How do you describe Barry Hoban? Forthright, determined, talented; he’s all of those, but above all he’s tough.
Knock him down and he gets right back up. “I’m resilient,” he agrees. “One of my strengths, one of the reasons I had such a long career was because I had good health. I could eat anything, I was adaptable, self sufficient, and if you raced on the Continent in my day those things mattered.
“They were more important than talent. Britain has always had talented bike riders, but until now they had to up sticks and live abroad. That meant adapting to Continental ways, eating different foods, learning new languages, giving up home comforts.
“I’ll never forget the first time I had coffee in France. Back home in Yorkshire coffee was a milky drink, nothing like the bitter black stuff put in front of me, but I drank it and adapted,” he says. Hoban didn’t just adapt though, he was assimilated into European bike racing, an integral part of it.
Barry Hoban started racing in the mid-Fifties with the Calder Clarion in Yorkshire. He loved his bike, and still loves to be outdoors and on his bike.
Inevitably he was pulled into racing, and just as inevitably was pulled along the path of two other racers from the north.
“Brian Robinson was already a pro, already winning stages in the Tour, but he was quite a bit older. Tom Simpson was just two years in front of me. I’d raced against him and found myself going down the same path, getting into road racing then the track and the
pursuit,” Hoban explains.
He went to the 1960 Olympics and was undoubtedly one of the fastest pursuiters in the world, but international titles didn’t come, and by 1961 Simpson had already won the Tour of Flanders. “It was time for me to go to France,” Hoban says.
Hoban ripped through the amateur ranks, raced in the in-between category of independents and signed for Mercier-Hutchinson-BP, one of the biggest pro teams in France for 1964. “It doesn’t sound much now, but I signed for £20 a week, which in those days of contract limits in football was more than a Manchester United player earned,” he remembers.
His first year was a cracker. Two stage wins in the Vuelta a Espana, held late April and early May, saw him pitched into the Tour de France, where he eagerly took up a role he was to regret.
“Riding two Grand Tours is a lot for a first-year pro, plus we all did a full year, February until October. As a former pursuiter I could ride hard, and my team leader, Raymond Poulidor pushed as close as he ever got to Jacques Anquetil in the 1964 Tour. I got through a lot of work for him, and I tried to win stages for myself. I was everywhere and it was too much,” he says.
His experience was a huge contrast to what would happen in a ProTour team today. “If you rode well you kept getting selected for races. They even made me ride Bordeaux-Paris, 550 kilometres in one day. And the equipment was poor, especially in our team. If we wanted light time trial wheels and silk tyres we had to buy them ourselves. Even then you couldn’t always use them.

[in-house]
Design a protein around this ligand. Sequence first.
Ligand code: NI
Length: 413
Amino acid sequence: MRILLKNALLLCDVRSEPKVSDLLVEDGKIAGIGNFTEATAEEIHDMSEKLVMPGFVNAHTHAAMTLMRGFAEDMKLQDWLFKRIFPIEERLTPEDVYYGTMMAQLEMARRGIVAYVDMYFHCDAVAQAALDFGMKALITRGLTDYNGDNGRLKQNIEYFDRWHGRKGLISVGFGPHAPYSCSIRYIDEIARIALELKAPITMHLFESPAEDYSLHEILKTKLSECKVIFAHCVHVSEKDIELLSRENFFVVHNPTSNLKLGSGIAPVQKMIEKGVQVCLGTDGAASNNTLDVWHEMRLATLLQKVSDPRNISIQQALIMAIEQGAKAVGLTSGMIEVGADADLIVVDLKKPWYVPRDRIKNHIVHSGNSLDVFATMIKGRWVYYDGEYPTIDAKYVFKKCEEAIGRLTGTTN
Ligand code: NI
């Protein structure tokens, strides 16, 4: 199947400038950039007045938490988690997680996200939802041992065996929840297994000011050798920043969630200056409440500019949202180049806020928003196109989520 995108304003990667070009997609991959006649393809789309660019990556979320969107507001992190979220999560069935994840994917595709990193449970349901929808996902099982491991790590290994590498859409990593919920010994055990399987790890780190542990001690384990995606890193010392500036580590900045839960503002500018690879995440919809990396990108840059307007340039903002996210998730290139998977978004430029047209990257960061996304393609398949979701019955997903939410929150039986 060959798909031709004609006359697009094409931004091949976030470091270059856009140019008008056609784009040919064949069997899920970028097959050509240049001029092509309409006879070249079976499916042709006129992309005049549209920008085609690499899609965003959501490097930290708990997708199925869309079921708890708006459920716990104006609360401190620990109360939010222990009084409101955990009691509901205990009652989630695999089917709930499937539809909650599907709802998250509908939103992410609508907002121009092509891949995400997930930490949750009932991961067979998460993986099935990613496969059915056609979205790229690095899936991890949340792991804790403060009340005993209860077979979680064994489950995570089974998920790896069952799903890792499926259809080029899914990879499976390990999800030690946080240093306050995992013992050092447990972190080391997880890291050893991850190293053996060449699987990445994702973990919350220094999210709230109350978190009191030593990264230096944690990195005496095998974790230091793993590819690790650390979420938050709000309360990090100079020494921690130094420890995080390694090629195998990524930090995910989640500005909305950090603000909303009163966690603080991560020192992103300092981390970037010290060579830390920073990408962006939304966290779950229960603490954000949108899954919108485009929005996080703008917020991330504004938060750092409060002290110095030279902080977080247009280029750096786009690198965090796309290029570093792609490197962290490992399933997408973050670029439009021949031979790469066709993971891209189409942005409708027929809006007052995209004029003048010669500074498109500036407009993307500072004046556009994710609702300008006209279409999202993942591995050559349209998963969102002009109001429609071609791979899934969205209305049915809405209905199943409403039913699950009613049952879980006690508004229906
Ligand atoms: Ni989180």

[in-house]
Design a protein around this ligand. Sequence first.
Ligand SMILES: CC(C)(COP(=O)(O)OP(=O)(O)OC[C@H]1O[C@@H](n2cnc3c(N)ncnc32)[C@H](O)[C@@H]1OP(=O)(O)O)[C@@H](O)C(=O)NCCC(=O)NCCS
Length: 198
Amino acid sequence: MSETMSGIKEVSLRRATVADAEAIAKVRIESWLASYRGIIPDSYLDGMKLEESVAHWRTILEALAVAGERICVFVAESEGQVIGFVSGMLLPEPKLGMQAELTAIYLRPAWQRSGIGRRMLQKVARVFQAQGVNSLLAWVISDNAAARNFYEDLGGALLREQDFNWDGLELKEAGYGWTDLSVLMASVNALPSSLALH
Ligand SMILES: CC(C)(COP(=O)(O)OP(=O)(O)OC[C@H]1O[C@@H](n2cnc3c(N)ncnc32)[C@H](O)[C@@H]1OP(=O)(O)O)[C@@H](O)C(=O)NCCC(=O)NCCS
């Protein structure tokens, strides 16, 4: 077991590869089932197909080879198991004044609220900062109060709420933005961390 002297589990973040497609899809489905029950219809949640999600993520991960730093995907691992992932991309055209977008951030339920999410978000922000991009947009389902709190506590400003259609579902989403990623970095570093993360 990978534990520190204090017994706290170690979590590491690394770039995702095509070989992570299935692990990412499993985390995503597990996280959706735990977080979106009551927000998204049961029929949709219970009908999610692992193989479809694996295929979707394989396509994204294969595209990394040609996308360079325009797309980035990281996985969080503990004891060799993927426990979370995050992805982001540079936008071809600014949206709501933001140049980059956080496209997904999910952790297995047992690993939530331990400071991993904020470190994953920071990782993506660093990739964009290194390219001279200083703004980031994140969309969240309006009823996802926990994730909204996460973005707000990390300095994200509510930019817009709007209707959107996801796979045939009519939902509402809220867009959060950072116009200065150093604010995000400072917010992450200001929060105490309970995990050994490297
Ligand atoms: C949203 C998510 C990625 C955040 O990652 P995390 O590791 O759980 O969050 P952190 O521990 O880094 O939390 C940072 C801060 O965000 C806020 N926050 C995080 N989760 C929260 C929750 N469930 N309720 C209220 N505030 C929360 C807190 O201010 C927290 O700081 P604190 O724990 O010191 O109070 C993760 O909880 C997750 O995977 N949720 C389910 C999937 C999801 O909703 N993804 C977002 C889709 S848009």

I was second in the big sprinter’s stage to Bordeaux in 1964 because our team manager, Anton Magne wouldn’t let me use my light wheels. Hell, he wouldn’t even buy jerseys with a zip at the front because they cost one franc more,” Hoban says.
Hoban wins Ghent-Wevelgem in 1974
Hoban was ill and had bad luck for much of 1965, and only got going towards the end of the year. Just in time to play a part in one of the greatest days of British cycling. “I was very proud when Tom Simpson won his world title in San Sebastian,” Hoban says.
He played a big part in it too. Hoban got into an early break, which Simpson and a few others bridged over to, and when he decided the break’s make up was right, Simpson asked Hoban to give it everything. It was the beginning of a long but sometimes uncomfortable
relationship between the two.
Simpson was world champion, but Hoban was ambitious, and Simpson knew it. “By 1965 Tom was on the inside on the Continent, one of the top men along with Anquetil, Poulidor, Altig, Gimondi and a couple of others. It was a closed shop, and Tom certainly didn’t want me in it.
In fact I’m uncomfortable when we are described as friends. We weren’t friends. We knew each other. I respected him and he respected me, but as rivals. Tom actually went out of his way to keep me in my place, even paying rivals to chase me down.
“I remember slowing down after the finish of a race once and asking Tom why he’d chased me. He said, “Because I’m the number one British rider on the Continent, not you, and don’t you forget it.” Tom was a Hell of a bike rider though,” Hoban says, and the way he says it says more.
Nevertheless, Hoban improved. He won the Grand Prix of Frankfurt in 1966, and gained some good placings, but then Simpson died during the 1967 Tour de France. Hoban could write a book about that. Hoban later married Simpson’s widow, Helen, and brought up his children, Jane and Joanne. Because of that he also tried to include Simpson’s family in his life, something that wasn’t always easy, but that Hoban tried is significant. Instead of a rival, Simpson was now a ghost in Hoban’s life.